Election results released yesterday gave an edge to the pro-China faction in Hong Kong's legislature, where power is split between those aligned with Beijing and those who favour further democratic reforms. The pro-democratic parties, however, retained enough seats to veto any proposed changes to the former British colony's constitution.
Many expected that Hong Kong's broad array of pro-democracy parties would make big gains with support from people increasingly frustrated with the new Beijing-backed leader over a wide range of issues.
But the gains failed to materialise because the pro-democracy camp, which has been divided by feuds and rivalries, failed to mount a unified strategy against their pro-Beijing rivals.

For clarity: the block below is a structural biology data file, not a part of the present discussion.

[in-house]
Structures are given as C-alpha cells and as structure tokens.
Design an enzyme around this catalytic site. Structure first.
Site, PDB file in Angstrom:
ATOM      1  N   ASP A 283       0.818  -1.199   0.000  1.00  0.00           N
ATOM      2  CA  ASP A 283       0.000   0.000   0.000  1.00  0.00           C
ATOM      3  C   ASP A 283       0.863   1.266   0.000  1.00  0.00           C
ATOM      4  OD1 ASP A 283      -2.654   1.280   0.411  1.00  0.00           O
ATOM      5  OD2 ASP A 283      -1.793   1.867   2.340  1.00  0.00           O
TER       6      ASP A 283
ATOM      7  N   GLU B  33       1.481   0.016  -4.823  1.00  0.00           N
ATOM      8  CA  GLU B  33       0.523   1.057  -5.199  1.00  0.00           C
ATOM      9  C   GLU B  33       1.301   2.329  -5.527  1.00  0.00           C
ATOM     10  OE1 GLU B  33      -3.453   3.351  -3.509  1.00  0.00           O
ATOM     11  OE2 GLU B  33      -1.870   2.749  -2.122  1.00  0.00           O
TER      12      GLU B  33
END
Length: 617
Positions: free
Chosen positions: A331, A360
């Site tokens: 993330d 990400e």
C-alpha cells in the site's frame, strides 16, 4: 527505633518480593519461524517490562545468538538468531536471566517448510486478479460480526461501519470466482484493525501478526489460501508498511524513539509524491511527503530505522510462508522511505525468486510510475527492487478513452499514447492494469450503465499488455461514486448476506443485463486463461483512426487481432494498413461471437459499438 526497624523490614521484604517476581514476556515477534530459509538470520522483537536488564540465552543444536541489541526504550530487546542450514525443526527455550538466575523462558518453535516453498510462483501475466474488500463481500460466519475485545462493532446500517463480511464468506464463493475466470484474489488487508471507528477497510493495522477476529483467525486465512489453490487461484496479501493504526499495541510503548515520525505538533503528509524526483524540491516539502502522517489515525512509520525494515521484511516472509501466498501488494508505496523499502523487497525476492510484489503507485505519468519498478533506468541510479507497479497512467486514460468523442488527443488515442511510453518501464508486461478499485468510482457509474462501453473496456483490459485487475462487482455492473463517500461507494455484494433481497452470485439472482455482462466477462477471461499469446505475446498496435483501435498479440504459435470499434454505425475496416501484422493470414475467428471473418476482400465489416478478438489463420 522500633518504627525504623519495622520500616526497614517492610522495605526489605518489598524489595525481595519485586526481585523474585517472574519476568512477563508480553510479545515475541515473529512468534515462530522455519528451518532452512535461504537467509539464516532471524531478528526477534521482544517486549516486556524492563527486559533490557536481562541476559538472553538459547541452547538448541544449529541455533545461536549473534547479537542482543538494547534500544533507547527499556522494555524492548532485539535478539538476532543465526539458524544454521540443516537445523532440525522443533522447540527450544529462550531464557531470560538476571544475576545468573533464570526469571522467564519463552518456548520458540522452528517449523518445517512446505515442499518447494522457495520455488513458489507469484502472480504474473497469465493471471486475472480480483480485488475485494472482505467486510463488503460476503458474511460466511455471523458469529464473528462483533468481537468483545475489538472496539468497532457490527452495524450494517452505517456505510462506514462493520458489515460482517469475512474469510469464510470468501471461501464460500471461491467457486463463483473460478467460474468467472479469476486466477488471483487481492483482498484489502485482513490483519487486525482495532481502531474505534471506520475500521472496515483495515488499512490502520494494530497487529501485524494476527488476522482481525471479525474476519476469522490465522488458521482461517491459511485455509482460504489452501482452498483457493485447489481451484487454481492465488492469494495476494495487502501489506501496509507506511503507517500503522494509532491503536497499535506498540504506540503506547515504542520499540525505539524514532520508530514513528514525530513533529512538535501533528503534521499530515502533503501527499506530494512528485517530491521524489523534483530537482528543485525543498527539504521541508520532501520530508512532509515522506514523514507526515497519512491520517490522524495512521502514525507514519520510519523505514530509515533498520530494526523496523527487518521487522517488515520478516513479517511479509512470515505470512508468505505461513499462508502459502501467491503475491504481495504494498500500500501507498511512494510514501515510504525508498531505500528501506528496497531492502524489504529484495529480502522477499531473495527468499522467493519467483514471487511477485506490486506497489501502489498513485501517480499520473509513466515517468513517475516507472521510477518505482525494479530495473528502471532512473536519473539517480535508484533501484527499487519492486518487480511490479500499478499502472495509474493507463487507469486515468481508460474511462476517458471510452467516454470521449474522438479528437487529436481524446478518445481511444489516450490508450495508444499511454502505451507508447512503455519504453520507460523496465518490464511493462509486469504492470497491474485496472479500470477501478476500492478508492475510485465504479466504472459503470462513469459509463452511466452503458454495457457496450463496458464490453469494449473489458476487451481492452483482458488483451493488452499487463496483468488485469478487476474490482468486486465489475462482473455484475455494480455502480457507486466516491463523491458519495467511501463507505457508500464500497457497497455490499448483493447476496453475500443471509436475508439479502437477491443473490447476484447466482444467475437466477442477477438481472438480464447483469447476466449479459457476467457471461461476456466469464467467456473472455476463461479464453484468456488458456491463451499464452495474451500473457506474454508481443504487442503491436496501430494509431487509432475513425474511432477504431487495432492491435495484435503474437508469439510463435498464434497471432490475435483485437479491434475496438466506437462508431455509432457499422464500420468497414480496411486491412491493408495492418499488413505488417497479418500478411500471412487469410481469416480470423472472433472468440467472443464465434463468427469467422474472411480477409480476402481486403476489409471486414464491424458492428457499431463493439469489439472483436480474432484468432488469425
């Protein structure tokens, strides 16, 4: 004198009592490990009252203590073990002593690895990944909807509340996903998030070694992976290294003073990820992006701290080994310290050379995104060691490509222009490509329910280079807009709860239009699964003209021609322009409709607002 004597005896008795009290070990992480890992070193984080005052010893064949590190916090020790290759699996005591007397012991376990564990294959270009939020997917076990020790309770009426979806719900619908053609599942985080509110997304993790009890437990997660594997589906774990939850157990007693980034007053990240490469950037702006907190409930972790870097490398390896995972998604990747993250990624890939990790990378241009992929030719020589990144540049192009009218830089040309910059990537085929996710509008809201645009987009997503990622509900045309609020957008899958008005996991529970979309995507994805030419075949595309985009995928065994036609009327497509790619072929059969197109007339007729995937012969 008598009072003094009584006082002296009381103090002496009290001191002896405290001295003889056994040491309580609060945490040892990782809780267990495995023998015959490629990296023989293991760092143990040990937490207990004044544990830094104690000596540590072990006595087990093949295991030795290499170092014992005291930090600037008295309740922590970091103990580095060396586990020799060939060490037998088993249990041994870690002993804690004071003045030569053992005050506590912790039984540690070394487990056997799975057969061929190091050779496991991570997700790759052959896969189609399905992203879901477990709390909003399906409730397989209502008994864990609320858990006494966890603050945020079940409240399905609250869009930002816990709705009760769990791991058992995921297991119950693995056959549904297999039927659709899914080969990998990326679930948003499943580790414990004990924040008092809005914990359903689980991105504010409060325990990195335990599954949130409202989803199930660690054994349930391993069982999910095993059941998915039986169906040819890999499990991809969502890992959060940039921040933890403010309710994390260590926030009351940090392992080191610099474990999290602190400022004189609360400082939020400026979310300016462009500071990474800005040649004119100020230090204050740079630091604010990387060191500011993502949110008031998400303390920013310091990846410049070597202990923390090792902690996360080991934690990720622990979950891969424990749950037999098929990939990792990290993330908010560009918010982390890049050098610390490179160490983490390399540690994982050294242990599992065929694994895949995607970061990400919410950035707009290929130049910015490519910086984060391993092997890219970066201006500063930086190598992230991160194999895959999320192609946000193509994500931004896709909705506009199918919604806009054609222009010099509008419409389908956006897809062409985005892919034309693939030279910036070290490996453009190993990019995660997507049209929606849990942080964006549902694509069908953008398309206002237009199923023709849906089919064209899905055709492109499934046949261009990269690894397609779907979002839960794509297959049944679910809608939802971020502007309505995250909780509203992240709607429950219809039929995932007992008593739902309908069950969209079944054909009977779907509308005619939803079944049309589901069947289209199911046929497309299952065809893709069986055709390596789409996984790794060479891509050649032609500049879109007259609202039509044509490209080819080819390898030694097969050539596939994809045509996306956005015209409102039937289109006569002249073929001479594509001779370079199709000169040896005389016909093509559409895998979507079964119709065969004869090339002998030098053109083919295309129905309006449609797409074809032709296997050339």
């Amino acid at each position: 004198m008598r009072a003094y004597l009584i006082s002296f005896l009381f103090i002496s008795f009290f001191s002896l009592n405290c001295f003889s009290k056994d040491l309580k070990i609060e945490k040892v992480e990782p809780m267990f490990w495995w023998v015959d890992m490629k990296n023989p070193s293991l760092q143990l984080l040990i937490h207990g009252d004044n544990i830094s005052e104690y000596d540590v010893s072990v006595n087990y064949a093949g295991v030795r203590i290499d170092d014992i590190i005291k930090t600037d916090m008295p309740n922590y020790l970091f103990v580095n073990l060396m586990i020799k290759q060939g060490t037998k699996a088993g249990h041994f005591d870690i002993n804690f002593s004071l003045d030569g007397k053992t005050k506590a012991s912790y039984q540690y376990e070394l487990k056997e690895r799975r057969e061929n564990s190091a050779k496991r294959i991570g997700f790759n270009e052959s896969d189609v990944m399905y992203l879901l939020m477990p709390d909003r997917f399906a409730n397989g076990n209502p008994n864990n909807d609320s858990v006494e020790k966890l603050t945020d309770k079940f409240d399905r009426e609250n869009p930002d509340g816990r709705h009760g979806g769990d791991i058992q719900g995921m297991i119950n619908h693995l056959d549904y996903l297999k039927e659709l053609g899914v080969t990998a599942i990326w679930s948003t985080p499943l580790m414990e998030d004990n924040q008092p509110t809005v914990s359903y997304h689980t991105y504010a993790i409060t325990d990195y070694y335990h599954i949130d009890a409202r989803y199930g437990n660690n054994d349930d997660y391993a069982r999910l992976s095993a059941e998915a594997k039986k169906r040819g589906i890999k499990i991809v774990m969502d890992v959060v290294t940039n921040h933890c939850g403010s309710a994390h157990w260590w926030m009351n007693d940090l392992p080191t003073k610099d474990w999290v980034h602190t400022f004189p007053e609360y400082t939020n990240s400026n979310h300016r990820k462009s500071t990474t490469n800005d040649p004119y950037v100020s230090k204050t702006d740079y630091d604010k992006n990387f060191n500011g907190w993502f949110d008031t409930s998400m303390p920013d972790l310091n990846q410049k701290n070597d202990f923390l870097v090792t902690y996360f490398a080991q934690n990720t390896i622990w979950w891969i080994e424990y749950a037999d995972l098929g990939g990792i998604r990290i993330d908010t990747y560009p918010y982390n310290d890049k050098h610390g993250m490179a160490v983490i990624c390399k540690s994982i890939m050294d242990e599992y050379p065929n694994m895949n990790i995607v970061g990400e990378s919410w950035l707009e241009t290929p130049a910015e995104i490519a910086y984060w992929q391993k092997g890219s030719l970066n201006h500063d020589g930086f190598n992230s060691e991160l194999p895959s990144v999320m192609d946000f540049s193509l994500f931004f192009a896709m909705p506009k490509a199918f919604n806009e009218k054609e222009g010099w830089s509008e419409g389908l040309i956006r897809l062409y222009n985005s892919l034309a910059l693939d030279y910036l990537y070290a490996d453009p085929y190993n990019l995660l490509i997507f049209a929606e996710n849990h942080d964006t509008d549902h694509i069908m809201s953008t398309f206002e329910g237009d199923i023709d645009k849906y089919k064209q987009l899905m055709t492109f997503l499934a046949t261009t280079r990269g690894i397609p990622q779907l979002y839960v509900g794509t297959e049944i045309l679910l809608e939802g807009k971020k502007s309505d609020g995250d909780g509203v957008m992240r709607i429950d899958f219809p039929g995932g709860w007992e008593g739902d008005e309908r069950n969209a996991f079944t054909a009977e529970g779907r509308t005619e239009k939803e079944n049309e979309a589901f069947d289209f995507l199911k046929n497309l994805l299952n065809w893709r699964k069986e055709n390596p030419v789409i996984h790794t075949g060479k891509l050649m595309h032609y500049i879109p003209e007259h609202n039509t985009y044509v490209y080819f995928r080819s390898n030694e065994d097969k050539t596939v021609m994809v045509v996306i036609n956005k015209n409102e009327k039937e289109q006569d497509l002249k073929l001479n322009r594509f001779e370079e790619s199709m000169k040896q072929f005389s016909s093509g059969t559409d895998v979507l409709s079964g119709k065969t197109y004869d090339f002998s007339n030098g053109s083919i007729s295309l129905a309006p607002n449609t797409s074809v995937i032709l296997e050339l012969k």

In Sunday's election, 40 of the 70 seats on the Legislative Council, which were decided by voters, were split fairly evenly between the two sides. Pro-democratic candidates won 21 seats – 18 in local districts and three more so-called "super seats" open to nearly all voters city-wide. Pro-Beijing rivals won 19 seats – 17 local and two super seats.
Another 30 seats were chosen by members of business and special interest groups known as "functional constituencies", most of which are dominated by pro-Beijing figures. Pro-democracy candidates won only six of those seats.
Still, pro-democracy candidates retained 27 of the 70 seats, more than the minimum 24 needed for veto power on constitutional issues, the most contentious being the eventual introduction of full democracy.
Beijing has pledged to allow residents to choose their leader by 2017 and all lawmakers by 2020. AP